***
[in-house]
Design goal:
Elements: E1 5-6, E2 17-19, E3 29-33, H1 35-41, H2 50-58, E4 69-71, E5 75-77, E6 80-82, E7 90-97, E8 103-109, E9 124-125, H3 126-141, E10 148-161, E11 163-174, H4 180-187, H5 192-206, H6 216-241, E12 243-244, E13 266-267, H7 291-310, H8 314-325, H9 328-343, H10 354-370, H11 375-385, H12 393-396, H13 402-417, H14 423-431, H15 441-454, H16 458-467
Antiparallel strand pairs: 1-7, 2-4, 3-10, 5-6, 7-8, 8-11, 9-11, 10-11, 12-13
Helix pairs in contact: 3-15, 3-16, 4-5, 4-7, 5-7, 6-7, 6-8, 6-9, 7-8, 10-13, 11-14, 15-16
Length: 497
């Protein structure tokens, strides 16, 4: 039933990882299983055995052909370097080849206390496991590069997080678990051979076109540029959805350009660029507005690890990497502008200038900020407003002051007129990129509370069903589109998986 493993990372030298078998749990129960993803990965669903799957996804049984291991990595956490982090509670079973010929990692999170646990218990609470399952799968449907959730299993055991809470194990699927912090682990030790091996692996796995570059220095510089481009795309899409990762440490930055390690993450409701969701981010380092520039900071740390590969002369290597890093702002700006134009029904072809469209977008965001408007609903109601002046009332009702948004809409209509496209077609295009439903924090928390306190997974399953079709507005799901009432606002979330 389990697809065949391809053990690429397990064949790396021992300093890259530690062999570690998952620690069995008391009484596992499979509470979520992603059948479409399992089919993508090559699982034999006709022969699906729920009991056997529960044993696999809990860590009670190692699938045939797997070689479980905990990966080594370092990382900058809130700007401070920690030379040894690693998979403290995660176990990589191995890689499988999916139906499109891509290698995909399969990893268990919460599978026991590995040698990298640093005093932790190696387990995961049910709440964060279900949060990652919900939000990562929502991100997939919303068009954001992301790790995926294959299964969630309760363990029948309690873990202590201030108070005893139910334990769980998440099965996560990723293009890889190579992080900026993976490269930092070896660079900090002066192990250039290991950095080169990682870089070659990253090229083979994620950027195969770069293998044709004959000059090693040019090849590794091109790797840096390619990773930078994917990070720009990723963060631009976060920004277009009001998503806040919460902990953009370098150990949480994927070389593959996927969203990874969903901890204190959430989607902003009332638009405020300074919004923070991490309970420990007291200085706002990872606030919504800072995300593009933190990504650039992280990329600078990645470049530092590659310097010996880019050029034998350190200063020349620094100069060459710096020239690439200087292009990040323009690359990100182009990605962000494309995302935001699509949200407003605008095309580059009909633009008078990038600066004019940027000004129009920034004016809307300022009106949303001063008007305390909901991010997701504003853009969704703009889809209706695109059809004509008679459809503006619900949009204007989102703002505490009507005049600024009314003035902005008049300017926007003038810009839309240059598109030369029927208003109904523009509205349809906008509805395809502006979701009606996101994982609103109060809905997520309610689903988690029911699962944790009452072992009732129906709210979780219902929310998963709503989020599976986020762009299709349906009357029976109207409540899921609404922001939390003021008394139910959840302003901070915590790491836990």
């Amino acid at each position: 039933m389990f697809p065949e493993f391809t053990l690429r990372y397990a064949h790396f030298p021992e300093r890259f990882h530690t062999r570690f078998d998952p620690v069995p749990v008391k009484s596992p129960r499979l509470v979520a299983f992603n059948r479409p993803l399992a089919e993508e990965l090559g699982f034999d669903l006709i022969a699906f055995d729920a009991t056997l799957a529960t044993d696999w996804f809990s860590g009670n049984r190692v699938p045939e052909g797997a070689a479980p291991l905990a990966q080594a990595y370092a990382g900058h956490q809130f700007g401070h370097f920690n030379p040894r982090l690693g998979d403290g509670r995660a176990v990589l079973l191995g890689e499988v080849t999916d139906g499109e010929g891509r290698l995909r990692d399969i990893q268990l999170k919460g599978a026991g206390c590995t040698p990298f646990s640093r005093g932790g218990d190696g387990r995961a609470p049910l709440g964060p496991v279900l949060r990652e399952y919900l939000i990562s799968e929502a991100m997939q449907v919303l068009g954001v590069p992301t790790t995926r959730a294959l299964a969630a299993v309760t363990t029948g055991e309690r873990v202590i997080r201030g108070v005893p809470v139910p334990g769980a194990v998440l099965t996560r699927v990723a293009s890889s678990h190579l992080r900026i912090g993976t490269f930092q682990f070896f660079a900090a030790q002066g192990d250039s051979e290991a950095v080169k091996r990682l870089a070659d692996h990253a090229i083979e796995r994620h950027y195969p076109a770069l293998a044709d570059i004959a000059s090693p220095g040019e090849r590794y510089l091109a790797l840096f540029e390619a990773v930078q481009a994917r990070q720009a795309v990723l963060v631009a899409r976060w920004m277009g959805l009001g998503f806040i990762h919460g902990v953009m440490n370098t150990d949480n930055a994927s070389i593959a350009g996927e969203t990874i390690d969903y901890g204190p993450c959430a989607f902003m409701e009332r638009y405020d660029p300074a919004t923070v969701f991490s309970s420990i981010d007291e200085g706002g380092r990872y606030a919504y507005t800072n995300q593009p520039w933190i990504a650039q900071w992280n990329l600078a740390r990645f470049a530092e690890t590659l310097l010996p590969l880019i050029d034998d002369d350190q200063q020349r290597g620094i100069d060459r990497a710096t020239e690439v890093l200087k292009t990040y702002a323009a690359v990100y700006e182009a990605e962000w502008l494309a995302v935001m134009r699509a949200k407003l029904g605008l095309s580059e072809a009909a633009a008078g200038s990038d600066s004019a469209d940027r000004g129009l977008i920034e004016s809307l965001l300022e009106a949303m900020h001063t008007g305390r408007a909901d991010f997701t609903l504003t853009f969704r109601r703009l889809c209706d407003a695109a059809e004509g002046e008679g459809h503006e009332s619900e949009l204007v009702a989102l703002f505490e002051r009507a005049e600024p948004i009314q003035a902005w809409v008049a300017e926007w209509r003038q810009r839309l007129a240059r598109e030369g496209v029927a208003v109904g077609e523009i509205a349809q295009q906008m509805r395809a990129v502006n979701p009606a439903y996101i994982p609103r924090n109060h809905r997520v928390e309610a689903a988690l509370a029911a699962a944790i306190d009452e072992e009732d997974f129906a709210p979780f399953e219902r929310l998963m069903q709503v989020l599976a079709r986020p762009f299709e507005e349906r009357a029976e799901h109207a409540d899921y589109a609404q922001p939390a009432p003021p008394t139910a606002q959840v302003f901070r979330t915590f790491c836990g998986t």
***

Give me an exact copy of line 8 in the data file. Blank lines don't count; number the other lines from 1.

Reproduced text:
């Amino acid at each position: 039933m389990f697809p065949e493993f391809t053990l690429r990372y397990a064949h790396f030298p021992e300093r890259f990882h530690t062999r570690f078998d998952p620690v069995p749990v008391k009484s596992p129960r499979l509470v979520a299983f992603n059948r479409p993803l399992a089919e993508e990965l090559g699982f034999d669903l006709i022969a699906f055995d729920a009991t056997l799957a529960t044993d696999w996804f809990s860590g009670n049984r190692v699938p045939e052909g797997a070689a479980p291991l905990a990966q080594a990595y370092a990382g900058h956490q809130f700007g401070h370097f920690n030379p040894r982090l690693g998979d403290g509670r995660a176990v990589l079973l191995g890689e499988v080849t999916d139906g499109e010929g891509r290698l995909r990692d399969i990893q268990l999170k919460g599978a026991g206390c590995t040698p990298f646990s640093r005093g932790g218990d190696g387990r995961a609470p049910l709440g964060p496991v279900l949060r990652e399952y919900l939000i990562s799968e929502a991100m997939q449907v919303l068009g954001v590069p992301t790790t995926r959730a294959l299964a969630a299993v309760t363990t029948g055991e309690r873990v202590i997080r201030g108070v005893p809470v139910p334990g769980a194990v998440l099965t996560r699927v990723a293009s890889s678990h190579l992080r900026i912090g993976t490269f930092q682990f070896f660079a900090a030790q002066g192990d250039s051979e290991a950095v080169k091996r990682l870089a070659d692996h990253a090229i083979e796995r994620h950027y195969p076109a770069l293998a044709d570059i004959a000059s090693p220095g040019e090849r590794y510089l091109a790797l840096f540029e390619a990773v930078q481009a994917r990070q720009a795309v990723l963060v631009a899409r976060w920004m277009g959805l009001g998503f806040i990762h919460g902990v953009m440490n370098t150990d949480n930055a994927s070389i593959a350009g996927e969203t990874i390690d969903y901890g204190p993450c959430a989607f902003m409701e009332r638009y405020d660029p300074a919004t923070v969701f991490s309970s420990i981010d007291e200085g706002g380092r990872y606030a919504y507005t800072n995300q593009p520039w933190i990504a650039q900071w992280n990329l600078a740390r990645f470049a530092e690890t590659l310097l010996p590969l880019i050029d034998d002369d350190q200063q020349r290597g620094i100069d060459r990497a710096t020239e690439v890093l200087k292009t990040y702002a323009a690359v990100y700006e182009a990605e962000w502008l494309a995302v935001m134009r699509a949200k407003l029904g605008l095309s580059e072809a009909a633009a008078g200038s990038d600066s004019a469209d940027r000004g129009l977008i920034e004016s809307l965001l300022e009106a949303m900020h001063t008007g305390r408007a909901d991010f997701t609903l504003t853009f969704r109601r703009l889809c209706d407003a695109a059809e004509g002046e008679g459809h503006e009332s619900e949009l204007v009702a989102l703002f505490e002051r009507a005049e600024p948004i009314q003035a902005w809409v008049a300017e926007w209509r003038q810009r839309l007129a240059r598109e030369g496209v029927a208003v109904g077609e523009i509205a349809q295009q906008m509805r395809a990129v502006n979701p009606a439903y996101i994982p609103r924090n109060h809905r997520v928390e309610a689903a988690l509370a029911a699962a944790i306190d009452e072992e009732d997974f129906a709210p979780f399953e219902r929310l998963m069903q709503v989020l599976a079709r986020p762009f299709e507005e349906r009357a029976e799901h109207a409540d899921y589109a609404q922001p939390a009432p003021p008394t139910a606002q959840v302003f901070r979330t915590f790491c836990g998986t």